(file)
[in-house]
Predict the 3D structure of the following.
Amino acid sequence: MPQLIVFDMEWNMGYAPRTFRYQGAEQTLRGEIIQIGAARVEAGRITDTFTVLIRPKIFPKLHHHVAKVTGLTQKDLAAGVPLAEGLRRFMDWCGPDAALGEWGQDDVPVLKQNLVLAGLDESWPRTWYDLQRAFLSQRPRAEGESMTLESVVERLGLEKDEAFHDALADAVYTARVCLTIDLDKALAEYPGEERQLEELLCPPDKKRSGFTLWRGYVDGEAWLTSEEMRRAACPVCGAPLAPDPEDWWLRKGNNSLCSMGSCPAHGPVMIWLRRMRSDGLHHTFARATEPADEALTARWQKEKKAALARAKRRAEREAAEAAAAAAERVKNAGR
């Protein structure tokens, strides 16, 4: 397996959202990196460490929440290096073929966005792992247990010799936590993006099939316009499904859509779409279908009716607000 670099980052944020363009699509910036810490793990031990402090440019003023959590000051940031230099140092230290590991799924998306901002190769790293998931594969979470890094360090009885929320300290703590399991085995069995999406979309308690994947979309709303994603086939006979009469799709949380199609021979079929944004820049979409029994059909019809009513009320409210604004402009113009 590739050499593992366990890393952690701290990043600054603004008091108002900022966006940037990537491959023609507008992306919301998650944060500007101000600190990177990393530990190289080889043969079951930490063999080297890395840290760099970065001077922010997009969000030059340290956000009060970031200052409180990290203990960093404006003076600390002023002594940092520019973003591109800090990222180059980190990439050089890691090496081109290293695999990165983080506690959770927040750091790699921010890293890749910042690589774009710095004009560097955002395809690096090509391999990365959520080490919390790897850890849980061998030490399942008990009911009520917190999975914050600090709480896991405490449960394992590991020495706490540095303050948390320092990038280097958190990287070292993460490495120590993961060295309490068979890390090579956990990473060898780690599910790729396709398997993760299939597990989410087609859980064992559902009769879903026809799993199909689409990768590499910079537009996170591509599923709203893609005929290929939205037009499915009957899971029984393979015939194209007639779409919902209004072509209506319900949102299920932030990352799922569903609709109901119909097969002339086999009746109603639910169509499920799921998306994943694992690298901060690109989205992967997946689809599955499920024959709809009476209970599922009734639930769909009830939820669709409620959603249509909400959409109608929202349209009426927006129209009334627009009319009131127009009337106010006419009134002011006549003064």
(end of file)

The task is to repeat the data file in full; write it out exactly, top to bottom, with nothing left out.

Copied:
[in-house]
Predict the 3D structure of the following.
Amino acid sequence: MPQLIVFDMEWNMGYAPRTFRYQGAEQTLRGEIIQIGAARVEAGRITDTFTVLIRPKIFPKLHHHVAKVTGLTQKDLAAGVPLAEGLRRFMDWCGPDAALGEWGQDDVPVLKQNLVLAGLDESWPRTWYDLQRAFLSQRPRAEGESMTLESVVERLGLEKDEAFHDALADAVYTARVCLTIDLDKALAEYPGEERQLEELLCPPDKKRSGFTLWRGYVDGEAWLTSEEMRRAACPVCGAPLAPDPEDWWLRKGNNSLCSMGSCPAHGPVMIWLRRMRSDGLHHTFARATEPADEALTARWQKEKKAALARAKRRAEREAAEAAAAAAERVKNAGR
């Protein structure tokens, strides 16, 4: 397996959202990196460490929440290096073929966005792992247990010799936590993006099939316009499904859509779409279908009716607000 670099980052944020363009699509910036810490793990031990402090440019003023959590000051940031230099140092230290590991799924998306901002190769790293998931594969979470890094360090009885929320300290703590399991085995069995999406979309308690994947979309709303994603086939006979009469799709949380199609021979079929944004820049979409029994059909019809009513009320409210604004402009113009 590739050499593992366990890393952690701290990043600054603004008091108002900022966006940037990537491959023609507008992306919301998650944060500007101000600190990177990393530990190289080889043969079951930490063999080297890395840290760099970065001077922010997009969000030059340290956000009060970031200052409180990290203990960093404006003076600390002023002594940092520019973003591109800090990222180059980190990439050089890691090496081109290293695999990165983080506690959770927040750091790699921010890293890749910042690589774009710095004009560097955002395809690096090509391999990365959520080490919390790897850890849980061998030490399942008990009911009520917190999975914050600090709480896991405490449960394992590991020495706490540095303050948390320092990038280097958190990287070292993460490495120590993961060295309490068979890390090579956990990473060898780690599910790729396709398997993760299939597990989410087609859980064992559902009769879903026809799993199909689409990768590499910079537009996170591509599923709203893609005929290929939205037009499915009957899971029984393979015939194209007639779409919902209004072509209506319900949102299920932030990352799922569903609709109901119909097969002339086999009746109603639910169509499920799921998306994943694992690298901060690109989205992967997946689809599955499920024959709809009476209970599922009734639930769909009830939820669709409620959603249509909400959409109608929202349209009426927006129209009334627009009319009131127009009337106010006419009134002011006549003064």